Founder: Honorable Professor Ernest Everett Just

Founder: Honorable Professor Ernest Everett Just
Aug 14, 1883 – Oct 14, 1941

Was born in Charleston, SC. His grandfather, Charles Just was a prominent and successful member of Charleston’s free black community before the Civil War. His father, Charles Frazier Just, died of alcoholism when Just was four years old. His mother, Mary Matthews Just, went to work in the phosphate mines on James Island and also founded a town, “Maryville.” At 16, Just received a teaching degree from South Carolina College and Mary Just sent him to Kimball Academy in Meriden, NH. The school burned down and his mother died while Just was away. After her funeral, he never returned to South Carolina again.

Just first became enthralled with biology at Dartmouth University. In 1907, he graduated magna cum laude, winning virtually every prize there was to win, as well as honors in sociology, history, botany, and zoology; he was the only black man in his graduating class of 287. When Just graduated from Dartmouth, he was immediately offered a job as an English teacher at Howard University. Two years later, he accepted an appointment as an instructor in biology and eventually devoted all his time to teaching biology. In 1912, he established and became the head of Howard’s Department of Zoology. While at Howard, Professor Just was approached by Oscar J. Cooper, Frank Coleman, and Edgar A. Love, about starting a fraternity on Howard’s campus. Fearful of the political threat a secret organization of young blacks might pose to Howard’s white administration, the university’s faculty and administration opposed the whole idea. Professor Just worked at mediating the controversy. And on December 15, 1911, the Alpha chapter of Omega Psi Phi was organized at Howard University. Just would later become the first “Elected Active” (honorary) member of the Fraternity on February 28, 1912, through Alpha Chapter. Because of the difficulty black scientists at that time had obtaining appointments, Just’s first inquiries into the possibility of conducting basic research were not initially encouraged.

Eventually, Frank Lillie, Director of the Marine Biological Laboratory (MBL) in Woods Hole, MA, noticed his determination and brought him to the MBL to study and act as a lab assistant. Just became fascinated with problems of fertilization and development. In 1912, he published his first paper in the Biological Bulletin.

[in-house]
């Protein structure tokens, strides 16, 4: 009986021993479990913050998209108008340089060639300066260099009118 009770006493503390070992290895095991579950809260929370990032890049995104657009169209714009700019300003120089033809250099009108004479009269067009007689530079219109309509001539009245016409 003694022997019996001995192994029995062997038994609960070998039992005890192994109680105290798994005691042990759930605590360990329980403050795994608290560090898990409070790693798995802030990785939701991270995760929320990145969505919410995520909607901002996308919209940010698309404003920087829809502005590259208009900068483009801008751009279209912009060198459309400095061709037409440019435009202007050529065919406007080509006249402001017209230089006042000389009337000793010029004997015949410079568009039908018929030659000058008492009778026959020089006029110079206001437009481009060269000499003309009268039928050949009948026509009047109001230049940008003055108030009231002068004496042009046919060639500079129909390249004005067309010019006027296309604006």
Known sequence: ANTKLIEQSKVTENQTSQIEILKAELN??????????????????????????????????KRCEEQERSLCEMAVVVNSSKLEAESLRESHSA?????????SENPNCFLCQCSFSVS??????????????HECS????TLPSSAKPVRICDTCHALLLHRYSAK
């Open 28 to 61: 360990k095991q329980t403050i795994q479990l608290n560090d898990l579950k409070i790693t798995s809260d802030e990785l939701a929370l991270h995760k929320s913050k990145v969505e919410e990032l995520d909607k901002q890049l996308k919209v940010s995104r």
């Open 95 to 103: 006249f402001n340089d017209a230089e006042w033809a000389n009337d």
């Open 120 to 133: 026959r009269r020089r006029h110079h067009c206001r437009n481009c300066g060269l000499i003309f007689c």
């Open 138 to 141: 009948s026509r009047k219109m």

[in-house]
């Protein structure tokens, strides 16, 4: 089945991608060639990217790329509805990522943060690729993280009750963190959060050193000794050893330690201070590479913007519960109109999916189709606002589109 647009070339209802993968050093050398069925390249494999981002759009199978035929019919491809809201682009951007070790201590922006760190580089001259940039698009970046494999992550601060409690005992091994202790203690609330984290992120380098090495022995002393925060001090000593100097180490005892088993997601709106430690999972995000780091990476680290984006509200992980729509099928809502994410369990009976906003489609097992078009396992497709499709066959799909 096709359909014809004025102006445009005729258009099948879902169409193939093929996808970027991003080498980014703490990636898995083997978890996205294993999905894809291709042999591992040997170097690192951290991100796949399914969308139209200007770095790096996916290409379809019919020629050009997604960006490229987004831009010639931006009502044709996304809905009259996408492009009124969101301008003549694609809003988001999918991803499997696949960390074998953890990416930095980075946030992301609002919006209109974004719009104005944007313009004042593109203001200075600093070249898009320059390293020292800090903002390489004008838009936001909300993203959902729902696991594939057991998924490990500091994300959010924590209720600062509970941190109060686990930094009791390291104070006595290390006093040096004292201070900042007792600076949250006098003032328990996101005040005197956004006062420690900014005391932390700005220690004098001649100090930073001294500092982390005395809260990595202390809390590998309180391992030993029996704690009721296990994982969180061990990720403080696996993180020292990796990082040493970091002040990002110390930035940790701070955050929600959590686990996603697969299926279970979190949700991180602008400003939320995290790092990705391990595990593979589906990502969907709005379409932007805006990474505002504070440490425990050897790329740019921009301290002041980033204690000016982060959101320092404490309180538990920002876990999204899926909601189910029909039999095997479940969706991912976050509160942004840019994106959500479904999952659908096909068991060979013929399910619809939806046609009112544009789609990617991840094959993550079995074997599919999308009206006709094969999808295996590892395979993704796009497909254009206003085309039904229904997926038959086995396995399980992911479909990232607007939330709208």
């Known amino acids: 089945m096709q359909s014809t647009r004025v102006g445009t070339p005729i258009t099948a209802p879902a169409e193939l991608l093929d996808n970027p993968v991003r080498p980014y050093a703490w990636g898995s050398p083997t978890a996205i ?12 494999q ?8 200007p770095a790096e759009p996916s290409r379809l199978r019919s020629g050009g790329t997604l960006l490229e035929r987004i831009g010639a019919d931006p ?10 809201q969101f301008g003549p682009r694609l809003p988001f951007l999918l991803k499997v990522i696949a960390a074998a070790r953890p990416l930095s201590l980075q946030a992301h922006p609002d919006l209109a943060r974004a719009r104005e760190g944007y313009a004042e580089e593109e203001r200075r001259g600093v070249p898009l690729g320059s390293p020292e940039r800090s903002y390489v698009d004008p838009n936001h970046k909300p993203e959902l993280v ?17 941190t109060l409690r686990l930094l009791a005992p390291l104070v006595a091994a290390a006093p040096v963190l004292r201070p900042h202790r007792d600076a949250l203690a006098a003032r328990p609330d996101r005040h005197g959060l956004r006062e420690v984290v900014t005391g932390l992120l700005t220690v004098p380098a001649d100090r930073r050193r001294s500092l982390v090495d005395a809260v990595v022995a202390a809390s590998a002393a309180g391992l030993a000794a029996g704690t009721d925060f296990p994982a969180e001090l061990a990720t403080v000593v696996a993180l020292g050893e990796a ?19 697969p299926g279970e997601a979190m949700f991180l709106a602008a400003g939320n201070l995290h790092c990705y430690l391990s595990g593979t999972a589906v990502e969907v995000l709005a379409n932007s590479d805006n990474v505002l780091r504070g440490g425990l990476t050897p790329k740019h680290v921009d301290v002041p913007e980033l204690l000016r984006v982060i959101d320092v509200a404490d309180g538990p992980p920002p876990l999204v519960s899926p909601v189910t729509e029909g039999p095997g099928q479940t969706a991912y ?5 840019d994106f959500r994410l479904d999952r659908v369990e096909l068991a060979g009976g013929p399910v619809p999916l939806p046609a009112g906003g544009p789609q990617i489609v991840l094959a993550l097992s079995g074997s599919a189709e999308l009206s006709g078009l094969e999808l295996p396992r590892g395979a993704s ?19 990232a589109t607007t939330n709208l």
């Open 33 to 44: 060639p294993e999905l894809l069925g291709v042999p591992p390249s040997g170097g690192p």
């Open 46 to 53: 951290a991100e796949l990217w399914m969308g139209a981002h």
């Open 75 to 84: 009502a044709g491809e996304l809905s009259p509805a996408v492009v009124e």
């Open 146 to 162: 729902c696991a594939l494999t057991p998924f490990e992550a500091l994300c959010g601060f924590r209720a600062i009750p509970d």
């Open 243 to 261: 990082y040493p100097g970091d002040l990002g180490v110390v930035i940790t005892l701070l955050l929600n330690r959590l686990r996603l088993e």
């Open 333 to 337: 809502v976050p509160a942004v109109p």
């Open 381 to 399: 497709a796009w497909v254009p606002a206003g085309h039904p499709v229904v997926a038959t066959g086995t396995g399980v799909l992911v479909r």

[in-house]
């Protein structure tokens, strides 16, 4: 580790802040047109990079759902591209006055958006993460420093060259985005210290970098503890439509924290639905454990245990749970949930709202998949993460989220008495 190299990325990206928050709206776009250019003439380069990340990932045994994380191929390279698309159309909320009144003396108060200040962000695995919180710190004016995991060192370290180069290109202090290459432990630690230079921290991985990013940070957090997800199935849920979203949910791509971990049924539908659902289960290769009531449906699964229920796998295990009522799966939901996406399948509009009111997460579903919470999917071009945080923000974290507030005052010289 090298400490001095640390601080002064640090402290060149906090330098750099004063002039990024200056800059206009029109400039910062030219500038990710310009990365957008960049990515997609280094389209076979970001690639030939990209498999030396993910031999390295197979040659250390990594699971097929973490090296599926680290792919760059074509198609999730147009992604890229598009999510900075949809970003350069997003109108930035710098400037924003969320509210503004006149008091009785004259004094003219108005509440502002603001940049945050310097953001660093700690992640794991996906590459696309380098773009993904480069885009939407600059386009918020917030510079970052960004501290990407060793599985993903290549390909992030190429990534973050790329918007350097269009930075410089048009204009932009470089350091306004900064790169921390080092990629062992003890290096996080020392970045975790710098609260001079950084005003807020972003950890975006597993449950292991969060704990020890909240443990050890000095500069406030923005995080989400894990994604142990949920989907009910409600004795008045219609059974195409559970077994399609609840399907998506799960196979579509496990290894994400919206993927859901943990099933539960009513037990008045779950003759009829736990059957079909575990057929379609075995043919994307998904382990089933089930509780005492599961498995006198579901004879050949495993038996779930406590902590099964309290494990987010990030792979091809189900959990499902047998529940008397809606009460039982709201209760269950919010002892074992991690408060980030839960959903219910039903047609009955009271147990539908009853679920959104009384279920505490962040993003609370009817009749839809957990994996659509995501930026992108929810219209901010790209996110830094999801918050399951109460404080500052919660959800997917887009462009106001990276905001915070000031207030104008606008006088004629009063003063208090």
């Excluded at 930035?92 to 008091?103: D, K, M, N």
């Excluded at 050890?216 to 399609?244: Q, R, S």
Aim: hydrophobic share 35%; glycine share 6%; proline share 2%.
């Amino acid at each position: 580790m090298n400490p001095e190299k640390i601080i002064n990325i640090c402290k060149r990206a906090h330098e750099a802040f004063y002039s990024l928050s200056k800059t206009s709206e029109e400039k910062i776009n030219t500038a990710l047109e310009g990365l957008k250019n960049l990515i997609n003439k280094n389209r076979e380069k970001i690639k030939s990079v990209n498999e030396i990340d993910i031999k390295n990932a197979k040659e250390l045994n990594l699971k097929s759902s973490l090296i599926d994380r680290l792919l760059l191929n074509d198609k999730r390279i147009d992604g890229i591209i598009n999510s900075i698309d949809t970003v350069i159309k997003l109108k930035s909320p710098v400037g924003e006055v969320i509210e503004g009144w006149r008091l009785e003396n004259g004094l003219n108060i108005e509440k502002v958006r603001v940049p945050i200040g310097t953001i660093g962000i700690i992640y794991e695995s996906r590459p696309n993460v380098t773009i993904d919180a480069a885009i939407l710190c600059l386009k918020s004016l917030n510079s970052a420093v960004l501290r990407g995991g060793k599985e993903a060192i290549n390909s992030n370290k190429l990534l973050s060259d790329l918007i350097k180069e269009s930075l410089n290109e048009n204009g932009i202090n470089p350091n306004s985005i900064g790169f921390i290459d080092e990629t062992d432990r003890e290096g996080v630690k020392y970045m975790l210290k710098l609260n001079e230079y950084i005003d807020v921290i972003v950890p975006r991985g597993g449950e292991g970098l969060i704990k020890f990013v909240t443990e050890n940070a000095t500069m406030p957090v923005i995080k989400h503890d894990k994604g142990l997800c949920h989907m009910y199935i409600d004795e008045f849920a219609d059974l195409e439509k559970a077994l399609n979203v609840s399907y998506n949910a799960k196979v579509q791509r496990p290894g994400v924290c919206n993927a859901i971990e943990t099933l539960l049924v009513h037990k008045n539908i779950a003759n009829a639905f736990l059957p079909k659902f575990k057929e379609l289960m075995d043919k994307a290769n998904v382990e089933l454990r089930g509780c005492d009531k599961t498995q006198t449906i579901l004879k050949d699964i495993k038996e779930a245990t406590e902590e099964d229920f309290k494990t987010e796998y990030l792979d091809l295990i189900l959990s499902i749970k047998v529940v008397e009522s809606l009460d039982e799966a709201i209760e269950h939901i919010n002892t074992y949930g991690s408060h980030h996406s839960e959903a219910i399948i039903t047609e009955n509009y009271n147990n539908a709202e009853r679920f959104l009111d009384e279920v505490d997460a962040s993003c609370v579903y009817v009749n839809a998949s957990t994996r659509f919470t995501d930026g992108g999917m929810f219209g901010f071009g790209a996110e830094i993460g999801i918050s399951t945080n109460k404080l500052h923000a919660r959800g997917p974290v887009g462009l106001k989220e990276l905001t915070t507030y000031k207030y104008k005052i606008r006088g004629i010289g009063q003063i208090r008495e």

In 1915, the NAACP awarded Just the first Spingarn Medal. After many delays and obstacles, he obtained his Ph.D., in 1916, summa cum laude, from the University of Chicago. Though he experienced a fairly warm reception at the MBL, he found his opportunities in the US quite limited; there was no way to obtain an appointment at a “white” university, and few traditionally “black” universities had, resources or inclination to support pure research in the sciences. He had better success in Europe, where he worked in Italy, France, and Germany. He published over 50 papers between 1912 and 1937. His ideas about embryonic development and fertilization were radical, innovative, and (for his time) unusually philosophical. In 1939, he published his magnum opus, The Biology of the Cell Surface a beautifully written and oddly accessible treatise on cell development and fertilization which also extrapolated his ideas into the realms of evolution, medicine, philosophy, and even religion. His complex scientific life was mirrored by an equally complex personal life. He was married to Ethel High-warden in 1912, and they had three children; Margaret, Mary, and High-warden. Ethel was refined, sophisticated, well-educated, and extremely intelligent, but their marriage was difficult. He was often preoccupied with work worries when at home in Washington, D.C., and, though a black scientist might be accepted at Woods Hole, Ethel and the children were decidedly unwelcome. While in Europe, he had two affairs with German women, and these affairs (a black man with a white woman) as much as the radical nature of his science, shocked the American scientific world. He found it more difficult to find funding for his research as he began to think more independently. He chafed at his duties at Howard and longed for a life of pure research. He was able to work in Europe for a short time, but at the advent of World War II, had to flee with his new wife, Hedwig Schnetzler. He returned with her and their daughter, Elizabeth, to the States. Once back in the US, though quite ill, he continued to try and find support. Dr. Just died of pancreatic cancer in NJ in 1941, at the age of 53.

Ω Chapter: Founder Just is interred at Lincoln Memorial Cemetery, Suitland, MD.

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